Tuesday, May 26, 2009

Statement from All Saints Church, Pasadena on today's Supreme Court decision

Today's ruling by the California Supreme Court does not only affect the rights of same sex couples, it sets a terrible precedent that a simple majority of voters can deny millions of citizens fundamental rights and relegate those citizens to second class status. Today's decision is not only antithetical to the core American values of liberty and justice for all, it flies in the face of the core Christian commitment to love our neighbors as ourselves. The message we at All Saints Church in Pasadena want to send to the California Supreme Court is that today justice has been both delayed and denied - and our hearts and prayers go out to those couples who have seen their dreams of marriage to the love of their life dashed on the rocks of discrimination.

Nevertheless, All Saints Church will continue to receive all couples, wherever they find themselves on their journey of love, commitment and faith, as we continue to treat all couples equally for the purposes of ceremonies and sacraments. All Saints Church will also continue to stand with our California Faith for Equality allies to support actions and policies that will once again bring full equality to all people under the law of the State of California. We know that the arc of history is long but we also know that it bends toward justice - and we look forward to the day we will stand on the right side of that history on the issue of marriage equality. So today we recommit ourselves as a peace & justice church to work without ceasing toward that day when all of God's people will be treated with equality, dignity and respect.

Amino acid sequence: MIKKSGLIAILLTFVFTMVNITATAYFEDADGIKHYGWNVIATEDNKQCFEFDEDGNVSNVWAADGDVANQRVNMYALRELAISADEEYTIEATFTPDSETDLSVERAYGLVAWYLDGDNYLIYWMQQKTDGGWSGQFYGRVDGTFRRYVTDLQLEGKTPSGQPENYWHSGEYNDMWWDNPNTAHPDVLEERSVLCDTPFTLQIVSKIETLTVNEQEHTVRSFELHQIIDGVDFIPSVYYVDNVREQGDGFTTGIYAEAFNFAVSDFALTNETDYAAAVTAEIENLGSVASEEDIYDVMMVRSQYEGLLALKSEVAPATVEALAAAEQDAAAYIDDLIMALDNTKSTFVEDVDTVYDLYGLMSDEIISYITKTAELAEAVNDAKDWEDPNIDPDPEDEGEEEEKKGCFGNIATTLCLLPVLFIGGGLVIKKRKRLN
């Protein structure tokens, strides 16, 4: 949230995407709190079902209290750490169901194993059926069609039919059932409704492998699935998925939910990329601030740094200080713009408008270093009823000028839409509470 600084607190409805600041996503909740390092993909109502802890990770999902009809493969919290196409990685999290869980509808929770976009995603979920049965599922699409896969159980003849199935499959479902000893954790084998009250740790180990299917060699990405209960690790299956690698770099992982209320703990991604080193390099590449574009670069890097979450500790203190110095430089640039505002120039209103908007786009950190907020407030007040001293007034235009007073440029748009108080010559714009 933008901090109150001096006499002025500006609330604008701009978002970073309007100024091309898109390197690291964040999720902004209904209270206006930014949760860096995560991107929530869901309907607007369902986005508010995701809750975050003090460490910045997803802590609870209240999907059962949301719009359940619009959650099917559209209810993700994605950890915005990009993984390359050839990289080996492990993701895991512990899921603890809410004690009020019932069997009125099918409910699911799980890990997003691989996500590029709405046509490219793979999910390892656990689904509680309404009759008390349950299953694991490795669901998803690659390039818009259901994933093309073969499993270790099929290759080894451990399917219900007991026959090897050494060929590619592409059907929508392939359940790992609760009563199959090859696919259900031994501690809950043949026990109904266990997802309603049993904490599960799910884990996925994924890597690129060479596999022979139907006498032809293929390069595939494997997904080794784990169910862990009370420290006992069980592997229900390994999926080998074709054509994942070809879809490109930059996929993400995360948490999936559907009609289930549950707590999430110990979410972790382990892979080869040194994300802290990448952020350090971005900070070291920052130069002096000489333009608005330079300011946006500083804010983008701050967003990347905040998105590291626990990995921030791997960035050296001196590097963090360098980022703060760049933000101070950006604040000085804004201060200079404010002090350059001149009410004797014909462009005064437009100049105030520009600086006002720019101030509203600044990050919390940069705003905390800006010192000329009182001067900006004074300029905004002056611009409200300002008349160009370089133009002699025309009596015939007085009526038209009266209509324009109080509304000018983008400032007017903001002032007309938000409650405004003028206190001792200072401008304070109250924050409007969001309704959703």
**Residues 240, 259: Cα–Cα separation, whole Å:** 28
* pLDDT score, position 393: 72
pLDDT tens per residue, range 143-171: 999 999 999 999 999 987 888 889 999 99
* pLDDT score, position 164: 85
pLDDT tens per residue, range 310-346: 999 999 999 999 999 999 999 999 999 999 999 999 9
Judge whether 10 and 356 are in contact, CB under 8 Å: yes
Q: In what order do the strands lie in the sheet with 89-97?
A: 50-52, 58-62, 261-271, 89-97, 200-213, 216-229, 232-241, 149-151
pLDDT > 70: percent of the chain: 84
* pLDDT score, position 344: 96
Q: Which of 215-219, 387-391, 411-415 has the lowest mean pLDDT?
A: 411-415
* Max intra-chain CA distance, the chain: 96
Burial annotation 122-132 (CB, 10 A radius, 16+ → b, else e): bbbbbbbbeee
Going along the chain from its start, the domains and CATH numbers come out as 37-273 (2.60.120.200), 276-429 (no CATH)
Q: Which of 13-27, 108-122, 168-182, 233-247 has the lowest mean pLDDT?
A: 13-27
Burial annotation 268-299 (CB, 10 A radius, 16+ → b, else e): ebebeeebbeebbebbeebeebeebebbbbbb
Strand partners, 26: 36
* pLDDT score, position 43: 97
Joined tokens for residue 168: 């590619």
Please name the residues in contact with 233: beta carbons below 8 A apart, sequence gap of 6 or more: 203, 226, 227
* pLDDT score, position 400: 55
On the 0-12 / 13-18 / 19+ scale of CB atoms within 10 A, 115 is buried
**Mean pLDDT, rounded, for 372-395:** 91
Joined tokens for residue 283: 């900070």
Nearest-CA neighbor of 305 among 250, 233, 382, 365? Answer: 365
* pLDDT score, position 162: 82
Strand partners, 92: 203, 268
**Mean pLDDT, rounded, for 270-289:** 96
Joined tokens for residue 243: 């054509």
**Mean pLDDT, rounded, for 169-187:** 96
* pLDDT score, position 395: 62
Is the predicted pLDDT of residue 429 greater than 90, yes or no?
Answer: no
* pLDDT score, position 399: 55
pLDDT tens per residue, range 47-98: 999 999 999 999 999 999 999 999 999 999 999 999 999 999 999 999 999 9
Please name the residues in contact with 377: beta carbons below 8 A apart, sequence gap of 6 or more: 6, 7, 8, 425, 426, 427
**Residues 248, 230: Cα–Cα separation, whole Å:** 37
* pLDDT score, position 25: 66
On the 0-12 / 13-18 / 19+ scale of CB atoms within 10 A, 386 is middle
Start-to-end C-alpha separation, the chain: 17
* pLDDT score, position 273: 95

The All Saints website will continue to track this developing story with links to everything from news updates to pastoral care resources. For further information contact Keith Holeman at kholeman@allsaints-pas.org.

The Reverend J. Edwin Bacon
Rector, All Saints Church, Pasadena


Unknown said...

Can a state remain a member of the United States if its state constitution violates the United States Constitution's Equal Protection clause? Or is this an act of succession?

Kaliputra said...

Alas, Kathy, the US has not committed itself to marriage as a right. Indeed, it has a DOMA which goes tother way and has not yet been ruled on by the courts (and, by the looks of things will stand -- for a while -- if ruled on now).
By the way, the involvement of churches in this issue gives the Others a useful handle: it is easier to work for marriage when you stress that what is involved is the legal equivalent of a house deed or a pet license.